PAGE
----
The U.S. Virgin Islands Water and Power Authority (VI WAPA) and the American Public Power Association held a storm preparedness and resilience workshop August 23-24 in St. Thomas, VI.
The event — supported by a grant from the Department of Energy’s (DOE) Office of Cybersecurity, Energy Security and Emergency Response — highlighted lessons learned and improvement opportunities in the wake of the 2017 hurricane season during which the U.S. Virgin Islands were hit by back-to-back Category 5 hurricanes (Irma and Maria) that completely devastated their electric system.
Event participants included VI WAPA leadership, staff and governing board members; Association mutual aid team members; mutual aid responders; and representatives of DOE; the Federal Emergency Management Agency; and the Virgin Islands Territorial Emergency Management Agency (VITEMA).
Through panel discussions, roundtables, and workshop activities, the group looked back at restoration efforts during the 2017 hurricane season to highlight successes and flag opportunities for process improvement.
The group discussed the myriad logistics involved in restoring an island territory in the wake of a major disaster and noted improvement opportunities in the areas of:
- Mutual aid deployment and billeting;
- Investing in critical infrastructure (including strategic undergrounding of transmission and distribution lines);
- Shipping, storing and staging materials;
- Communications across the islands and with the mainland; and
- Pre-storm contracting (with utilities, contractors, port authorities and others).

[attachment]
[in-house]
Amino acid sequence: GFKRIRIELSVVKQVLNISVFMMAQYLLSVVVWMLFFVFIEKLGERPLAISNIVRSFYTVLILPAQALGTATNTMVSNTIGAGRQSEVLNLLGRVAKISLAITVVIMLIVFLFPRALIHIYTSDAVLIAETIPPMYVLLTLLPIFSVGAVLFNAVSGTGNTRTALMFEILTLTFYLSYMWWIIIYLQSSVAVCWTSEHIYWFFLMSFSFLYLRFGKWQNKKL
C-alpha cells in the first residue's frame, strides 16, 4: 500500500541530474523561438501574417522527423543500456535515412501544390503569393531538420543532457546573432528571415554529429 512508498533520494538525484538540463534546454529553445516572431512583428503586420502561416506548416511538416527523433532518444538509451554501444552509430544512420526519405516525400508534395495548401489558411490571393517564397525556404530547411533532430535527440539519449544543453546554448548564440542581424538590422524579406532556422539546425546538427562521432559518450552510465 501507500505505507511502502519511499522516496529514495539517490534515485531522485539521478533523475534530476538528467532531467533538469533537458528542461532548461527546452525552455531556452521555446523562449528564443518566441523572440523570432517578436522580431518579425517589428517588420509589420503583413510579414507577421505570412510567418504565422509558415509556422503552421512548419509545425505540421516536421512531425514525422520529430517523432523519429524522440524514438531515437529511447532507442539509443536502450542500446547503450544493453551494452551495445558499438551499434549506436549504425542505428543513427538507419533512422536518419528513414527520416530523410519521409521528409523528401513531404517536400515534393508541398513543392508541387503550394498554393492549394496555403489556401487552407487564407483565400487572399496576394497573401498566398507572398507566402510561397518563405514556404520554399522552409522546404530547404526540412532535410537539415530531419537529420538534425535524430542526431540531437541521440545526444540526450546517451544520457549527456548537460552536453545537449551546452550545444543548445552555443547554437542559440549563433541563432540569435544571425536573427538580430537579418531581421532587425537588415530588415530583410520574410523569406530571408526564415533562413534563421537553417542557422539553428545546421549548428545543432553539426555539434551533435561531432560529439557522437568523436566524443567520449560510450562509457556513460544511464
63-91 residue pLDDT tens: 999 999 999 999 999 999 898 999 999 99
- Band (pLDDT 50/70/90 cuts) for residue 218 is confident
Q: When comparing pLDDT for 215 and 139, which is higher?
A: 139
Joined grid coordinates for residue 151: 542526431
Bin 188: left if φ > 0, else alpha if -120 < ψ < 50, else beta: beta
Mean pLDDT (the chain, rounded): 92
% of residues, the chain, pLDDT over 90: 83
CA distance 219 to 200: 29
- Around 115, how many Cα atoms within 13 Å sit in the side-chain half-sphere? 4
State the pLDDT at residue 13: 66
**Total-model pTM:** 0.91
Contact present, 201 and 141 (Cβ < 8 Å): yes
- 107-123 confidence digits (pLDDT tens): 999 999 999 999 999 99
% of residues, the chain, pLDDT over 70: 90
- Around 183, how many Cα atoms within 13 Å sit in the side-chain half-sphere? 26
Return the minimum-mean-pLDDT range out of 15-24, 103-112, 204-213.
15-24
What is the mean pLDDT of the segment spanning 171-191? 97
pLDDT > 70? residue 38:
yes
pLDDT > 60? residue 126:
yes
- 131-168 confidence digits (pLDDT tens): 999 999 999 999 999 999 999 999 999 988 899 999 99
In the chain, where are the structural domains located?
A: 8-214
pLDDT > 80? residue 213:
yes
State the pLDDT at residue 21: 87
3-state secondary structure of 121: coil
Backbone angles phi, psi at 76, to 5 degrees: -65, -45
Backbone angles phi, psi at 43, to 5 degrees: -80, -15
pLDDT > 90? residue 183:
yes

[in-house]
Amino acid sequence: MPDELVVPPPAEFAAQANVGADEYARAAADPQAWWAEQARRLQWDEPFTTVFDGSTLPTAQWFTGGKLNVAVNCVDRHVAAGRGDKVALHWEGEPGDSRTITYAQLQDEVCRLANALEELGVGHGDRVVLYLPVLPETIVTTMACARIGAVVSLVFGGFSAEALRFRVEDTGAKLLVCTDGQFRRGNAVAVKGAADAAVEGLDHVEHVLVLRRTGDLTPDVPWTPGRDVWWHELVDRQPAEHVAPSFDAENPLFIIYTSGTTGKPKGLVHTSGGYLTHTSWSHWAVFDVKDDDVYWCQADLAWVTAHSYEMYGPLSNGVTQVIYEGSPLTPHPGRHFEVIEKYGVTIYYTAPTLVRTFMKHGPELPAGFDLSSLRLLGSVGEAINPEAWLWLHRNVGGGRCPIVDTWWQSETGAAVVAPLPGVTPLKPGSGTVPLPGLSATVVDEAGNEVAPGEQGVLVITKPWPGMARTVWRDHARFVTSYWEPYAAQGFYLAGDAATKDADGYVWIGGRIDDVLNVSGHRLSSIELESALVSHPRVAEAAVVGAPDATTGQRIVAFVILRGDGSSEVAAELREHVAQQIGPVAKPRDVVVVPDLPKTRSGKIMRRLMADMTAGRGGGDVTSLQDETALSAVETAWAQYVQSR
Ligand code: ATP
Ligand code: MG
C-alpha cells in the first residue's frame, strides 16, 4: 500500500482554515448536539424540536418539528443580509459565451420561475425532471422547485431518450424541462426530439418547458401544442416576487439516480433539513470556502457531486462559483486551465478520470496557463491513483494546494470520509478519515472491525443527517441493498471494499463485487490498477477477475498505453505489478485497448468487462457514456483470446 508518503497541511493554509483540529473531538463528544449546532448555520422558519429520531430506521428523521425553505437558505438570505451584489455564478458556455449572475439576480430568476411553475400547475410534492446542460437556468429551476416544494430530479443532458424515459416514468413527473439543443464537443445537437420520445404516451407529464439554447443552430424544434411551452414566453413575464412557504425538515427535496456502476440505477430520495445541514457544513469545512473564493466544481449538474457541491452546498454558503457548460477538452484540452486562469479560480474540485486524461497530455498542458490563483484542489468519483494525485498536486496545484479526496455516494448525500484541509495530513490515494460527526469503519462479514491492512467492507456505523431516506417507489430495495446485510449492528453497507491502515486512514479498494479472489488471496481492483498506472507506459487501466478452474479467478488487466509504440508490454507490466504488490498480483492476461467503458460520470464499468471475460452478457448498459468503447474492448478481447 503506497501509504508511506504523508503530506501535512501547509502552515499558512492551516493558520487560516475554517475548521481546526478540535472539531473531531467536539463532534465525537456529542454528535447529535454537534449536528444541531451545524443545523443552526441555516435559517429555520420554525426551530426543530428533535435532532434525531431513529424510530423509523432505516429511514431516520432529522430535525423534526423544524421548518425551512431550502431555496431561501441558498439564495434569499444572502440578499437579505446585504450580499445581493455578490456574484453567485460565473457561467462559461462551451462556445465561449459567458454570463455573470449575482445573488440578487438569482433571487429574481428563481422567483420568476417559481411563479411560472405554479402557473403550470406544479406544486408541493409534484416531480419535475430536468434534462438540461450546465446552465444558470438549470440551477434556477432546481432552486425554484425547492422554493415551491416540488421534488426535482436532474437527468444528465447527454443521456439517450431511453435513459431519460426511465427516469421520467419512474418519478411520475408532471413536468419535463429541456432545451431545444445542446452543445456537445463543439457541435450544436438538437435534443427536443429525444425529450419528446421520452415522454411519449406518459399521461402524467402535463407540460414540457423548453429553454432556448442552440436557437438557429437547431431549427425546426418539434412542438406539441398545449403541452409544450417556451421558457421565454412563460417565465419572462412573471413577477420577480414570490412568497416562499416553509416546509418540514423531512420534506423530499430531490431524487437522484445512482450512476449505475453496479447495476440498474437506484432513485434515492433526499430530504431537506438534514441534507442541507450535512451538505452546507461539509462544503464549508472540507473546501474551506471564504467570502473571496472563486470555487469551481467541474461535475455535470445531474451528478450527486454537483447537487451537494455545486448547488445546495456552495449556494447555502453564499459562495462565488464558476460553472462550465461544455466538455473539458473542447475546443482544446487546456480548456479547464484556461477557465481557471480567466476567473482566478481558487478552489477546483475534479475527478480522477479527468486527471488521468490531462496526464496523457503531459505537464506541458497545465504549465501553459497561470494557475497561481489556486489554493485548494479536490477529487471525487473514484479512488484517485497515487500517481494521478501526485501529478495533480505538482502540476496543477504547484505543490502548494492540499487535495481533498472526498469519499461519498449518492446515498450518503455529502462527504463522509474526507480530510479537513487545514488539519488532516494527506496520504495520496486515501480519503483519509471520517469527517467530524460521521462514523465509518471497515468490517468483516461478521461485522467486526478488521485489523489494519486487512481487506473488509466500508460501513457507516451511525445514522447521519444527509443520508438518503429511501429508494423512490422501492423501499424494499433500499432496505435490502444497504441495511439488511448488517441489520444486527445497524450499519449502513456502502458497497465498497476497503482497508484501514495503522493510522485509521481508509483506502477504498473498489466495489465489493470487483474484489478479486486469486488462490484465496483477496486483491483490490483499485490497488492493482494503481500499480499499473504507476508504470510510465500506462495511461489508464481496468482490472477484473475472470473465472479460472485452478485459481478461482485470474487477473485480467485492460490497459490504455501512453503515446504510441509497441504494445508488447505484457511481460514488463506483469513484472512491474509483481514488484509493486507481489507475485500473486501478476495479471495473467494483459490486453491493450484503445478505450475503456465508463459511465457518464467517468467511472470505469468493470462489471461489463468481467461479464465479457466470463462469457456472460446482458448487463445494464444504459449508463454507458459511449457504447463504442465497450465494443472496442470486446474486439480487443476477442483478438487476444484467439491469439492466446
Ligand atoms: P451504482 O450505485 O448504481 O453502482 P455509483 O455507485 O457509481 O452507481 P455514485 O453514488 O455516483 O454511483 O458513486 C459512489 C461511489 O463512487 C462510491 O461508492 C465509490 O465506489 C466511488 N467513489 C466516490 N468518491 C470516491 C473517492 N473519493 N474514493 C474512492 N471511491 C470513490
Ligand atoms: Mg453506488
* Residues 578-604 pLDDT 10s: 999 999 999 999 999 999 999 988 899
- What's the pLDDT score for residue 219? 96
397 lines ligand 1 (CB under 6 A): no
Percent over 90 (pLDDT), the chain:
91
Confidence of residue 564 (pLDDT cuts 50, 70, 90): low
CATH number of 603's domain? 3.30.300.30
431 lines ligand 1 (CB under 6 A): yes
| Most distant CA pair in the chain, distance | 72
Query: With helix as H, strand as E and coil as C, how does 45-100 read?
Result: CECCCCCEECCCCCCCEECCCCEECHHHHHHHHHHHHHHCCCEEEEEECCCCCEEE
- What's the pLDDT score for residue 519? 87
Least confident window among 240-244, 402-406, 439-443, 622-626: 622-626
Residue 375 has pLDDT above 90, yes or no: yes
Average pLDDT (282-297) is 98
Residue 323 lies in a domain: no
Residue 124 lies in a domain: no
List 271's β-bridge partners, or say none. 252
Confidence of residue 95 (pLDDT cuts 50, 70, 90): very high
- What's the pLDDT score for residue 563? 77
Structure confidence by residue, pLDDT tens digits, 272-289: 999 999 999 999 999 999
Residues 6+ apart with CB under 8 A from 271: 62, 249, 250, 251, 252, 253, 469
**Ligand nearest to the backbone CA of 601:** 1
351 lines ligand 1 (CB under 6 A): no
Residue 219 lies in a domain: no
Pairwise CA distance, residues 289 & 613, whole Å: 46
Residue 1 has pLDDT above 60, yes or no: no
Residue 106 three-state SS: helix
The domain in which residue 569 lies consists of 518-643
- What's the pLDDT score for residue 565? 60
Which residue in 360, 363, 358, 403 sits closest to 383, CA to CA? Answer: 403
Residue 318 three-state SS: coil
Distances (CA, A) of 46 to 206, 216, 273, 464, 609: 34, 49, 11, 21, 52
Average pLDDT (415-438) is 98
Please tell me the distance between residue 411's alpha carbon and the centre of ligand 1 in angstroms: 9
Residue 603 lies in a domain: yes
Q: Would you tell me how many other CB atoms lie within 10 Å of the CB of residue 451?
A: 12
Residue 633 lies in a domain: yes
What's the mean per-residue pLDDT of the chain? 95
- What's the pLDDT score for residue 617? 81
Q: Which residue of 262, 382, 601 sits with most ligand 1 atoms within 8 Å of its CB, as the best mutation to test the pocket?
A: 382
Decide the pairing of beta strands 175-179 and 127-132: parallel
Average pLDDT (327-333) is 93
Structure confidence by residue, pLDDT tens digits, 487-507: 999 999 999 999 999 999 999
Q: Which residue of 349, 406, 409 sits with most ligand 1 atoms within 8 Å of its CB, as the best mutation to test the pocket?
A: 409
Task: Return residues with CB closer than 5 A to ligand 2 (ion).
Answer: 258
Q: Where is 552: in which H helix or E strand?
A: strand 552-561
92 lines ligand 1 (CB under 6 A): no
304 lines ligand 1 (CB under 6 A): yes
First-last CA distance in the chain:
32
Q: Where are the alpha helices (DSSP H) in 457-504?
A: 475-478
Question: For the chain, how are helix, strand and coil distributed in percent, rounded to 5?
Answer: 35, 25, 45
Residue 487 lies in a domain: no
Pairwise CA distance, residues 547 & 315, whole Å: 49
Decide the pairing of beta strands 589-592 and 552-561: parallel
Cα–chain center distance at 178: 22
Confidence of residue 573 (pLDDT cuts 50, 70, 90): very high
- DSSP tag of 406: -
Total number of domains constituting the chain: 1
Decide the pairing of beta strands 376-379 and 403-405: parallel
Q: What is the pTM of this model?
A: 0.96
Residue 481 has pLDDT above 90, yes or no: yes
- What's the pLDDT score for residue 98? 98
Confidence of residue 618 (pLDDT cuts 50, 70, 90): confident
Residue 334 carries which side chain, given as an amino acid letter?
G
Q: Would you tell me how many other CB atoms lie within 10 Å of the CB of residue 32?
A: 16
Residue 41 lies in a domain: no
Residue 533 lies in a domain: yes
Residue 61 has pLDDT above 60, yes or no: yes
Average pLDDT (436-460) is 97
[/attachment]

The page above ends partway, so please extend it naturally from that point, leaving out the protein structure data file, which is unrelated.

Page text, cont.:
“The stake is in the ground right now at about a hundred days. That’s what we did, and that was really fantastic,” said VI WAPA Executive Director Lawrence Kupfer. “But we are here today to figure out how we can do it better, quicker and get power restored. That’s what we’re here today to try and figure out.”
“We had the largest deployment of electric utility workers in the history of the United States last year,” said Michael Hyland, the Association’s senior vice president of engineering services. “What can we do better? What can we do to harden, to be more resilient, more reliable? What can we do to be better safety-wise? What can we do to be better at customer focus and customer service? And that doesn’t happen magically. It happens because of workshops like these.”
VITEMA Director Mona Barnes highlighted the tremendous hurdle of getting hit by consecutive Category 5 storms, saying “your ‘worst case scenario’ is never the worst.” But she went on to point out the critical nature of planning for the future.
“What we choose to discuss in this room today is going to affect this territory maybe 20 or 25 years from now when that next ‘worst scenario’ comes,” she said.